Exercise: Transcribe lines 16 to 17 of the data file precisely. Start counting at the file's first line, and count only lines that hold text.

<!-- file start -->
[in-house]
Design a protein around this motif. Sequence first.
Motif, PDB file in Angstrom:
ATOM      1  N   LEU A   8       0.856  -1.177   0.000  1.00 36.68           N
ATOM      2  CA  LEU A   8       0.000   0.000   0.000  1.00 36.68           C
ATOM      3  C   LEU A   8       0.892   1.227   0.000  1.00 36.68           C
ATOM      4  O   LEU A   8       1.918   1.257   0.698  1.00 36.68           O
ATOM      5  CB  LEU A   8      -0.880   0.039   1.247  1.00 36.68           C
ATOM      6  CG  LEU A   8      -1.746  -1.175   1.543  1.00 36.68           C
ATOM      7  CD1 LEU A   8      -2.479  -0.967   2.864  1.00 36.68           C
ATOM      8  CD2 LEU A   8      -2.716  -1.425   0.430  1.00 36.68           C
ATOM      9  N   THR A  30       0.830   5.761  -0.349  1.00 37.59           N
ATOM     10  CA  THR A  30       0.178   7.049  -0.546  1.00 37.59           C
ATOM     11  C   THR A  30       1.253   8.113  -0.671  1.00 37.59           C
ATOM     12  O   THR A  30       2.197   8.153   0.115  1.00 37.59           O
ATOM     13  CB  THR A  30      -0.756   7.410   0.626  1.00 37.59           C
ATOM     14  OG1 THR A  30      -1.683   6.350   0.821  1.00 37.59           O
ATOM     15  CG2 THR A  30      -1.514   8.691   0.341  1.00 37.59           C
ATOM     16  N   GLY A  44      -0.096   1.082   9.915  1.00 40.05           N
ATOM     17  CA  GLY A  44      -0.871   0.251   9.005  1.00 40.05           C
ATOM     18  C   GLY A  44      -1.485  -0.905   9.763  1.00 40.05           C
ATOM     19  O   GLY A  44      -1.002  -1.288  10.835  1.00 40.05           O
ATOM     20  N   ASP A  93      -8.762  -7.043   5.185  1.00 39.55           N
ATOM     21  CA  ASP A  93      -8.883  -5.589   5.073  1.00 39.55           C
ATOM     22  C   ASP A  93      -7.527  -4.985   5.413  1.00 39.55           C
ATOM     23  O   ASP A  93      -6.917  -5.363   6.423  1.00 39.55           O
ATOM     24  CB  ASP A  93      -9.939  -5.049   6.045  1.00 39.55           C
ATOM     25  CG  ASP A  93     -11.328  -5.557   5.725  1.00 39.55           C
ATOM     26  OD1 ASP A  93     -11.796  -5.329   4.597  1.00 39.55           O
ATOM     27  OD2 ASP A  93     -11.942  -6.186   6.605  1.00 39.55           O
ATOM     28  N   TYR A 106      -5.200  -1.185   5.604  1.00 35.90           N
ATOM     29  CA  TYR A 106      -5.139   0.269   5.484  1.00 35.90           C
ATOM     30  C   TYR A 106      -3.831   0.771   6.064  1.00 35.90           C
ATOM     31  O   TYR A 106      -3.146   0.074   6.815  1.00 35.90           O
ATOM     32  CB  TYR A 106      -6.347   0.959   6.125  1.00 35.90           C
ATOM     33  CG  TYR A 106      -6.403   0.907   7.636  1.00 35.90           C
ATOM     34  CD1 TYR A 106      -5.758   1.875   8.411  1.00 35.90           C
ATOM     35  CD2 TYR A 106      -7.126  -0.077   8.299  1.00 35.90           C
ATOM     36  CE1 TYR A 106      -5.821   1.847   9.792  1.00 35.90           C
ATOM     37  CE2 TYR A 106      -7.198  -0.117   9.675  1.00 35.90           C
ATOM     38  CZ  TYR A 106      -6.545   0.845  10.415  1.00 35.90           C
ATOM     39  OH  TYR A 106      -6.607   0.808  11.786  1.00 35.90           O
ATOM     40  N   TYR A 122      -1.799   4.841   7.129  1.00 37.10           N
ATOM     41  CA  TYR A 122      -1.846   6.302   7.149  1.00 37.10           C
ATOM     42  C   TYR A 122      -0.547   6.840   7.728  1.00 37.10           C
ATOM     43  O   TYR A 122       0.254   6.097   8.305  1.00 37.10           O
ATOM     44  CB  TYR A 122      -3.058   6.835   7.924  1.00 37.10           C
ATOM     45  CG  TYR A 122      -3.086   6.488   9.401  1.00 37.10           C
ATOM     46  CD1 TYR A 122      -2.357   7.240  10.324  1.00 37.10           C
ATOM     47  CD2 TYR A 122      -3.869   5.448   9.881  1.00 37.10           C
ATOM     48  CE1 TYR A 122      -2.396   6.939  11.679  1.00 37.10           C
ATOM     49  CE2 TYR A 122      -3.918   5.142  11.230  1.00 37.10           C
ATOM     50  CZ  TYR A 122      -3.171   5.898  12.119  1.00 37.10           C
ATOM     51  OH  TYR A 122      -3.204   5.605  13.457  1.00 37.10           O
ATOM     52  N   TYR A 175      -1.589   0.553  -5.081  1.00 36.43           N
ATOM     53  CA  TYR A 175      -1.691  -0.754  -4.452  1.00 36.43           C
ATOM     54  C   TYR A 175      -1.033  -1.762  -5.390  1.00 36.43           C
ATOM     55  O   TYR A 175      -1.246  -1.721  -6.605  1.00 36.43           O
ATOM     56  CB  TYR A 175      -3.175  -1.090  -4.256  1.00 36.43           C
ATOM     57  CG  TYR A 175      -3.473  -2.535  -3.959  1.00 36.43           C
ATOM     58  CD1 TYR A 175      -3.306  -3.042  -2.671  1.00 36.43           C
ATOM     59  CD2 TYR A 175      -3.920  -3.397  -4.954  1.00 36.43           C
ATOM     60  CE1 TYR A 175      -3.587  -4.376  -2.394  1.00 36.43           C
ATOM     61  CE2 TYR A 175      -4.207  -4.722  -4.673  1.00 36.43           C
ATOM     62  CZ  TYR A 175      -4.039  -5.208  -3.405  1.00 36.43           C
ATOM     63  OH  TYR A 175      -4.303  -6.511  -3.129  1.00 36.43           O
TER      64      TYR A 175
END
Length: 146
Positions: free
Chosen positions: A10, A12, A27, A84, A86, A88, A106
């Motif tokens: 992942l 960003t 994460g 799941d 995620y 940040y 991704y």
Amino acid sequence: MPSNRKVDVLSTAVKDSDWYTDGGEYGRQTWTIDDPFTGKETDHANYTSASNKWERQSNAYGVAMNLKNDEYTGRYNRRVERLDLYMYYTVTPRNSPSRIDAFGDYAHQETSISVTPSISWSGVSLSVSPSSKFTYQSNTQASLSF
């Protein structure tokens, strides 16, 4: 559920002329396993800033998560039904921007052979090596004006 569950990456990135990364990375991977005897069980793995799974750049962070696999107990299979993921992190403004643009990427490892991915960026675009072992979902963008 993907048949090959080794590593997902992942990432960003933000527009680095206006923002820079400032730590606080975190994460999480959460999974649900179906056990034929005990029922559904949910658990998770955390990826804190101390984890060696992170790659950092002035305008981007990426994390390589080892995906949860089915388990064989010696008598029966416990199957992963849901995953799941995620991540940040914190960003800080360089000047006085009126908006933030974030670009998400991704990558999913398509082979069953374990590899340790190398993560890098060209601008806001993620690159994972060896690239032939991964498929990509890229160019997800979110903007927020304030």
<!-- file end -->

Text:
ATOM     13  CB  THR A  30      -0.756   7.410   0.626  1.00 37.59           C
ATOM     14  OG1 THR A  30      -1.683   6.350   0.821  1.00 37.59           O